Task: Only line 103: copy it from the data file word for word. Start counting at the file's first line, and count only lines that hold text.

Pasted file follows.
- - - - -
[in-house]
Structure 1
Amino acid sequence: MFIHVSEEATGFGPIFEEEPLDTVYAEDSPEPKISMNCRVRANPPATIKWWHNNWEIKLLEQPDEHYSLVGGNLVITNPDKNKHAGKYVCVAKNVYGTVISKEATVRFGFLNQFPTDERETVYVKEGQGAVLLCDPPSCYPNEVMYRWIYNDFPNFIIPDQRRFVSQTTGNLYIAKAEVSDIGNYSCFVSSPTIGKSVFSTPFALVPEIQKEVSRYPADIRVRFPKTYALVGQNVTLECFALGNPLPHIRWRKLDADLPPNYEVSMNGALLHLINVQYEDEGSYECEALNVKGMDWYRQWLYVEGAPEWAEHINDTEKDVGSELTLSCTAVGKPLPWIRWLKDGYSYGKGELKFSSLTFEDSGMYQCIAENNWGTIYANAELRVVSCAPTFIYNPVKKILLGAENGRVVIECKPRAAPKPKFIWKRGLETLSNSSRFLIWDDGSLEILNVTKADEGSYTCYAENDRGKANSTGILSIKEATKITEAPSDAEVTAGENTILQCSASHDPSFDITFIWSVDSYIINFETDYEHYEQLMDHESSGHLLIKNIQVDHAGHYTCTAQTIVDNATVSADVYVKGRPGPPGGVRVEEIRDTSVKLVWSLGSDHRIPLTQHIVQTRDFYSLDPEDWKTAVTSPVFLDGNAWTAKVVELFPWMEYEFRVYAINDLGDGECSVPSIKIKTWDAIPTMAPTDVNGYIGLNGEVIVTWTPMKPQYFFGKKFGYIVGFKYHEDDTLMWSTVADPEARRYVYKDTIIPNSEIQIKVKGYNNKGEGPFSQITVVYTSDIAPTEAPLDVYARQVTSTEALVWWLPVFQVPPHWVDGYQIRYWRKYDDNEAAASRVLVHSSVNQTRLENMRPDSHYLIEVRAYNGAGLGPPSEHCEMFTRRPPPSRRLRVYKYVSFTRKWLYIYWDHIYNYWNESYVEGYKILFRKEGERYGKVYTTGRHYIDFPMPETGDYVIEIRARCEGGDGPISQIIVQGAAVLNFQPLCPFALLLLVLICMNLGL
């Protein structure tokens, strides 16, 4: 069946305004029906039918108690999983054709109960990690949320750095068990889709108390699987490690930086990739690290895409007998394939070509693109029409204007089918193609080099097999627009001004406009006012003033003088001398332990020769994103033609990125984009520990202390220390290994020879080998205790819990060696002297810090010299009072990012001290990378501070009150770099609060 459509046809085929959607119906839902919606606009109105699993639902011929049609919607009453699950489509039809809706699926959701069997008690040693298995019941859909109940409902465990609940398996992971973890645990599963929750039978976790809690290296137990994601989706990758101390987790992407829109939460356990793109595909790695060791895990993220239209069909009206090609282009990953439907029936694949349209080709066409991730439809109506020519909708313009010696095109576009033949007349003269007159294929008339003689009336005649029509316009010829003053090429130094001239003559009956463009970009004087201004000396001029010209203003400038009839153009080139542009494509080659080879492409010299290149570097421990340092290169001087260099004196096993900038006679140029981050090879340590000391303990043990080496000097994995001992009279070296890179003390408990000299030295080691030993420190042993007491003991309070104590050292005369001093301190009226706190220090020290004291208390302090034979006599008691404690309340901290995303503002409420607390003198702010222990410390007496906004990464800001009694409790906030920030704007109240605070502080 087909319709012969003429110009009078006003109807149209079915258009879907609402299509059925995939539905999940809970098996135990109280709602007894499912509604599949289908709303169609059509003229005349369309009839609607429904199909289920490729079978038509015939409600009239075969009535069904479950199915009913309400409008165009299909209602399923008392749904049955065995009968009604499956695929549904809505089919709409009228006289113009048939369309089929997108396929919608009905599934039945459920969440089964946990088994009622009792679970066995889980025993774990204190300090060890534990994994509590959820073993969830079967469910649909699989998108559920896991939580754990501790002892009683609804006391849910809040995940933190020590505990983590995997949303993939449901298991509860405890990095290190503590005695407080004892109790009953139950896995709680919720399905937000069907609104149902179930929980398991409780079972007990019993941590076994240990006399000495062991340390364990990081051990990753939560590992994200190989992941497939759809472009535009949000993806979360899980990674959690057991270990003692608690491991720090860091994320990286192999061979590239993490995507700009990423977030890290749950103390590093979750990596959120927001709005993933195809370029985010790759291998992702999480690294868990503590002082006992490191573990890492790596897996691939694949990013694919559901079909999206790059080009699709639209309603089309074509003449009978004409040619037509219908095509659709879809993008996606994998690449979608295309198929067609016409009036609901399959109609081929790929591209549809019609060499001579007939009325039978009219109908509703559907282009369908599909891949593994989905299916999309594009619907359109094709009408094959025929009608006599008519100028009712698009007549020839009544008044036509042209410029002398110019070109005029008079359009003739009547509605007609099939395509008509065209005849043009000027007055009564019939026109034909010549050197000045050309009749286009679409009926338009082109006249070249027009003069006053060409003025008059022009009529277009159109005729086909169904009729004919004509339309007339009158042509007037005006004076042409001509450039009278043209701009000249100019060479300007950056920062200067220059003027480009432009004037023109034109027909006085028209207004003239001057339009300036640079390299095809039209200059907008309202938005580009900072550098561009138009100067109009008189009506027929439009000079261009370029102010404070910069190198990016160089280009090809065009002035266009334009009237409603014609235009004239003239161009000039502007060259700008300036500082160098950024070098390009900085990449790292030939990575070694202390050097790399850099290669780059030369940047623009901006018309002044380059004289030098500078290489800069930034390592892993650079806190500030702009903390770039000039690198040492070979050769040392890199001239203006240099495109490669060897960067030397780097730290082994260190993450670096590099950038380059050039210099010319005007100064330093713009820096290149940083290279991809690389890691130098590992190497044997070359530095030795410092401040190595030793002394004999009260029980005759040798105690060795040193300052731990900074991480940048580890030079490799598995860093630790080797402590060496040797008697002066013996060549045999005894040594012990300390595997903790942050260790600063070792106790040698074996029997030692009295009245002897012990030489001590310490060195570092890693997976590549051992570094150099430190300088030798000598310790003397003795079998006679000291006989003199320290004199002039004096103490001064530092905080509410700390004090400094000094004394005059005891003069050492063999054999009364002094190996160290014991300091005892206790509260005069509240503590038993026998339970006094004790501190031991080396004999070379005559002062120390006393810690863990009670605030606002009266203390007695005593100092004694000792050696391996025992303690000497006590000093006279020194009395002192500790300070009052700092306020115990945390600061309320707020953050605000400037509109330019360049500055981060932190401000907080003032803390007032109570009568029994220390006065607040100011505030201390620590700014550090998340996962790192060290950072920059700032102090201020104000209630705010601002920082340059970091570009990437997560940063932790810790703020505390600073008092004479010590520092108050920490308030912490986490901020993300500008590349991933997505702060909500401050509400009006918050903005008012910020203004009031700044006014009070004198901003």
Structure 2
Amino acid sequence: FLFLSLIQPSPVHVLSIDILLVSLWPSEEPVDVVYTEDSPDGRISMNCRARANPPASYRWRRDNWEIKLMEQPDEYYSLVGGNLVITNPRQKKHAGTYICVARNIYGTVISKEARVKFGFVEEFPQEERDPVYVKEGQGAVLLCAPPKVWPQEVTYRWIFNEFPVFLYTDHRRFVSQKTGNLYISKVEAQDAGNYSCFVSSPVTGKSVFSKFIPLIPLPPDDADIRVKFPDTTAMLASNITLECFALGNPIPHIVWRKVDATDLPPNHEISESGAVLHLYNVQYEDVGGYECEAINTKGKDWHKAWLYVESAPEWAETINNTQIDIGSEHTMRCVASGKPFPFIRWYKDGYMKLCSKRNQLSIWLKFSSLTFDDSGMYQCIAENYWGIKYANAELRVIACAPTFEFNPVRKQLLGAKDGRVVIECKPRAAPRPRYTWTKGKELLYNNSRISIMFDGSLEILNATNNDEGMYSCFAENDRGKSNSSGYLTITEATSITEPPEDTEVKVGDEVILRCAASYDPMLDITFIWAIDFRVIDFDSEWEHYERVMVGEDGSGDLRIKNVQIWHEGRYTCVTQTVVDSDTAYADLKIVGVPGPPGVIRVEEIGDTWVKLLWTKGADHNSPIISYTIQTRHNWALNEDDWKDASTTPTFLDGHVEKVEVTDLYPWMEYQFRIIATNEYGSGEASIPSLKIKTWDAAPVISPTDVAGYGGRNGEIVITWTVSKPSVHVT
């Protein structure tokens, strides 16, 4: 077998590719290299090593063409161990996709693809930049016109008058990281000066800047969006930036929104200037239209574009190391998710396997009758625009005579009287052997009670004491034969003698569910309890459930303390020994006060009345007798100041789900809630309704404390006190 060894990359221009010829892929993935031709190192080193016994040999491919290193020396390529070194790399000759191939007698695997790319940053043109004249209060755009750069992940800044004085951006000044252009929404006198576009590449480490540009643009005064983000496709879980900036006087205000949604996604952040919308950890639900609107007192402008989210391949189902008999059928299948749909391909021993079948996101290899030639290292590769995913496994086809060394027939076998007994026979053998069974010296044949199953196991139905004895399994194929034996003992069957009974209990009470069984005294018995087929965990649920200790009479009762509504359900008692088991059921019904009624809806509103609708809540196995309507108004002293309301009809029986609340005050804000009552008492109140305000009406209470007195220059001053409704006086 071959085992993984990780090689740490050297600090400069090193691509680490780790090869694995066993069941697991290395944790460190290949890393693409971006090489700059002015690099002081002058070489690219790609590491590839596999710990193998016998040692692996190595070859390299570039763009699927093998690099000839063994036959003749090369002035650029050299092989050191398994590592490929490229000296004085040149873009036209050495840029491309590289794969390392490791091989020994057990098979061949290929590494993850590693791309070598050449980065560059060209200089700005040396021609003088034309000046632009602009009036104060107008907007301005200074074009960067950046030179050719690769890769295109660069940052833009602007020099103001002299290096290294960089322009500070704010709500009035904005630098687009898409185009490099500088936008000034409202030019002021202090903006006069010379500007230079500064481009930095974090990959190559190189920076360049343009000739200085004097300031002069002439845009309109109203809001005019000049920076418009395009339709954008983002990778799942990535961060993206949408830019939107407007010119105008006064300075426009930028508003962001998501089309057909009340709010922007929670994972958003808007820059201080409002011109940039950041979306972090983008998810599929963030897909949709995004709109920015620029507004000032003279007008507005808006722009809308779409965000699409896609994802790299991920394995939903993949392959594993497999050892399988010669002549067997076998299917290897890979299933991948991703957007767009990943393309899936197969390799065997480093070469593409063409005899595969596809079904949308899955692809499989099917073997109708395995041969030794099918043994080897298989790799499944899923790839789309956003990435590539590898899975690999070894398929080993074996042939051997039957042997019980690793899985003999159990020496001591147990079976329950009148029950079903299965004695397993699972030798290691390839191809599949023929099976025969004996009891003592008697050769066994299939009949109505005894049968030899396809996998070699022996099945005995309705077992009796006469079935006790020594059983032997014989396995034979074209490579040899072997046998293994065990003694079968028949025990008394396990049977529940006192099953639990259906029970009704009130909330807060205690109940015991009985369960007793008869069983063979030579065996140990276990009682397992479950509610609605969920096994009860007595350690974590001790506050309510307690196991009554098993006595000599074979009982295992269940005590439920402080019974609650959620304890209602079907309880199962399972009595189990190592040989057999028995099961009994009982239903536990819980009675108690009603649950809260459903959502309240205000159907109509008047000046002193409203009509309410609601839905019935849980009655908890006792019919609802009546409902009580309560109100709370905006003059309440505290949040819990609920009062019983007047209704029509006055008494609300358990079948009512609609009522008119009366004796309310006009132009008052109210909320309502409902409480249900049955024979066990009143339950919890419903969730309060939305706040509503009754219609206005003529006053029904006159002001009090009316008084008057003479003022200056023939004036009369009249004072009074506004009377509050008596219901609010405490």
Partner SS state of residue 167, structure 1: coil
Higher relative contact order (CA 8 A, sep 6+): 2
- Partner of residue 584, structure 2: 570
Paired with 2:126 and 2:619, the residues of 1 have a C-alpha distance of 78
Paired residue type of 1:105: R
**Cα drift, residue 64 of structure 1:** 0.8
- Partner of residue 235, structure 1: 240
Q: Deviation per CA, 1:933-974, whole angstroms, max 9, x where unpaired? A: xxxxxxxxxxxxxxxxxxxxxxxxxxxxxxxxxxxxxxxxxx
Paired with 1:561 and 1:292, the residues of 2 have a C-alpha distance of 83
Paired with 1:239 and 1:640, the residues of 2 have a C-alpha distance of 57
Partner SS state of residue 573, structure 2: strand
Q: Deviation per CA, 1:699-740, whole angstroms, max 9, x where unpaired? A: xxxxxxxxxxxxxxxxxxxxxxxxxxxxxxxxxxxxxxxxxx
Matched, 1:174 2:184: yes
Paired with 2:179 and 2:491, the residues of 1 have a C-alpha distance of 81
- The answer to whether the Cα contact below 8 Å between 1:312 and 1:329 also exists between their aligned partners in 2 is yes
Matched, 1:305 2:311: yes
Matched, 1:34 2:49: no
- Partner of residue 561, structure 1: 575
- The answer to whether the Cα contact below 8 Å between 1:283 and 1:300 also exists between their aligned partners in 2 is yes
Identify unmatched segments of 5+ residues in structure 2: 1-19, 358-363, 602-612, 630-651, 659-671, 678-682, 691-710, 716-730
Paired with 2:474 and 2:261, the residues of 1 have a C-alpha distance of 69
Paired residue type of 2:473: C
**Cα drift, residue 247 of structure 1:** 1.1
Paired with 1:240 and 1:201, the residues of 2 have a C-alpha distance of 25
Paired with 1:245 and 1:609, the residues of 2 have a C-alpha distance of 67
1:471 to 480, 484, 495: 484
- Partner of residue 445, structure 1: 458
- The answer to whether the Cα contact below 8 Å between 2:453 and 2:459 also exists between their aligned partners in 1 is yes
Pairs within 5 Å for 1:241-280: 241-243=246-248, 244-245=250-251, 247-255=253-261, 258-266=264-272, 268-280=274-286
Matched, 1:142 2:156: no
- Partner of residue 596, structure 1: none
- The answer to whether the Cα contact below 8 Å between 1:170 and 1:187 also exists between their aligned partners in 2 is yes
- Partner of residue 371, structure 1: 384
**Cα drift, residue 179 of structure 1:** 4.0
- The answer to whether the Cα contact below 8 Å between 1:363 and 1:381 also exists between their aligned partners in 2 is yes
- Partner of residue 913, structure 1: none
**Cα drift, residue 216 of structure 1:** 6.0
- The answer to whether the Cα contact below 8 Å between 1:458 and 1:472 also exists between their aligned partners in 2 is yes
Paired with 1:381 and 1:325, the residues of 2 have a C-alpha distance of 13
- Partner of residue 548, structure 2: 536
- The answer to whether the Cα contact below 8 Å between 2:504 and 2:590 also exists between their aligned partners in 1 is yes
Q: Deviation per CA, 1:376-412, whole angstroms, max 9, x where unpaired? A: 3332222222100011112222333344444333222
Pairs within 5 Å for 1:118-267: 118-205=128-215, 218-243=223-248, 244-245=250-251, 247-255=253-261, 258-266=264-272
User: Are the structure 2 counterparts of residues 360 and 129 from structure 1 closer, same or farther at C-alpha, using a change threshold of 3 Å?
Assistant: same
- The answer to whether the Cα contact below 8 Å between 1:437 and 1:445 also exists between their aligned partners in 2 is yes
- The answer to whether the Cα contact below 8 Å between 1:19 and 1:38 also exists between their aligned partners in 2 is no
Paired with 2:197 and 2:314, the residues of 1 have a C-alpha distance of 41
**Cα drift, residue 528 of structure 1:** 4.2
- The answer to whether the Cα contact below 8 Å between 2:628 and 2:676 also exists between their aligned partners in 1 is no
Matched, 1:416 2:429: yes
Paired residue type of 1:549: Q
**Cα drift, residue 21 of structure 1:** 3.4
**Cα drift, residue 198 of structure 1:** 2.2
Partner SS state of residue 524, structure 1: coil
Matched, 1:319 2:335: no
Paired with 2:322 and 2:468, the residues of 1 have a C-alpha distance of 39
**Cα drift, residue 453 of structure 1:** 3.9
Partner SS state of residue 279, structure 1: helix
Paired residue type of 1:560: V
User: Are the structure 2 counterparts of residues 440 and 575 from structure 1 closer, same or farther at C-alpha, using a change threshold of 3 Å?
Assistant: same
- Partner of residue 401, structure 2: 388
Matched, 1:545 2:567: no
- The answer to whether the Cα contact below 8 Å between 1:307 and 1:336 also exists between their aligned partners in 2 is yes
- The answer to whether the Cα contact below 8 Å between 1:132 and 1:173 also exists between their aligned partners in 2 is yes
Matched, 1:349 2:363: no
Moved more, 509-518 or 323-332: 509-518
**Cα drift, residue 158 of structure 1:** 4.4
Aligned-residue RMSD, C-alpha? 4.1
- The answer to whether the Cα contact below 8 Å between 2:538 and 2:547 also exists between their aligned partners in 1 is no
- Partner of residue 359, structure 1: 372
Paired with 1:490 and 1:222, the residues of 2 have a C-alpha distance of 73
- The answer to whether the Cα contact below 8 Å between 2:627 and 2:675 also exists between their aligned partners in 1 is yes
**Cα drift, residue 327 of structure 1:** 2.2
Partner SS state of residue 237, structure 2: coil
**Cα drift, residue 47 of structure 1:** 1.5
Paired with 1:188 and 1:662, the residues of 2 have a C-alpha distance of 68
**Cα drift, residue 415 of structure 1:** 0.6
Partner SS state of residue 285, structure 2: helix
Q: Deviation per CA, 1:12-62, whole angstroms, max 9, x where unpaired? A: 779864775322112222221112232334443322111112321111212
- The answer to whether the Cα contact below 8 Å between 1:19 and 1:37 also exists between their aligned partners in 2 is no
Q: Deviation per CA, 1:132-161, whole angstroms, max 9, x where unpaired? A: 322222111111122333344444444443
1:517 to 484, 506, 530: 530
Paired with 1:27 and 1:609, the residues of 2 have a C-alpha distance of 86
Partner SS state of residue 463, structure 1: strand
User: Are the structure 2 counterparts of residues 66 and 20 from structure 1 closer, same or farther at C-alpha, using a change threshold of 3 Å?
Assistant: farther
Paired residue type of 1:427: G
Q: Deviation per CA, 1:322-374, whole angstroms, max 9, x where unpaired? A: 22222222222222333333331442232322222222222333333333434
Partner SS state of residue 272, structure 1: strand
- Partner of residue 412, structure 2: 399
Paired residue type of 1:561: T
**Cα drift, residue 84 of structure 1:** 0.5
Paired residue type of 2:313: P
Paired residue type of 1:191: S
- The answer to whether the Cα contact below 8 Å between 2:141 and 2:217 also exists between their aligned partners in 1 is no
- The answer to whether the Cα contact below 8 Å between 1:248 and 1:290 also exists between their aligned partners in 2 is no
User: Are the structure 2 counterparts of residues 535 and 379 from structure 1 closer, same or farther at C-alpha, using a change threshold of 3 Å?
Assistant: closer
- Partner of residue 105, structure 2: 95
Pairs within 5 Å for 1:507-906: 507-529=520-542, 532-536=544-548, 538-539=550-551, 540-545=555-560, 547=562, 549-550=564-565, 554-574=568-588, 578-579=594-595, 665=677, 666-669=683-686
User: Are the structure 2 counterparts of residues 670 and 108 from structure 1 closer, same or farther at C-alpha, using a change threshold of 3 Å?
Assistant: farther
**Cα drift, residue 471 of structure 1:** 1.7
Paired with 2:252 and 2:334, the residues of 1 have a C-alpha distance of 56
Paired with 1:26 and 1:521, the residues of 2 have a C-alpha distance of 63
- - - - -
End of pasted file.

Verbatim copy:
Paired residue type of 1:191: S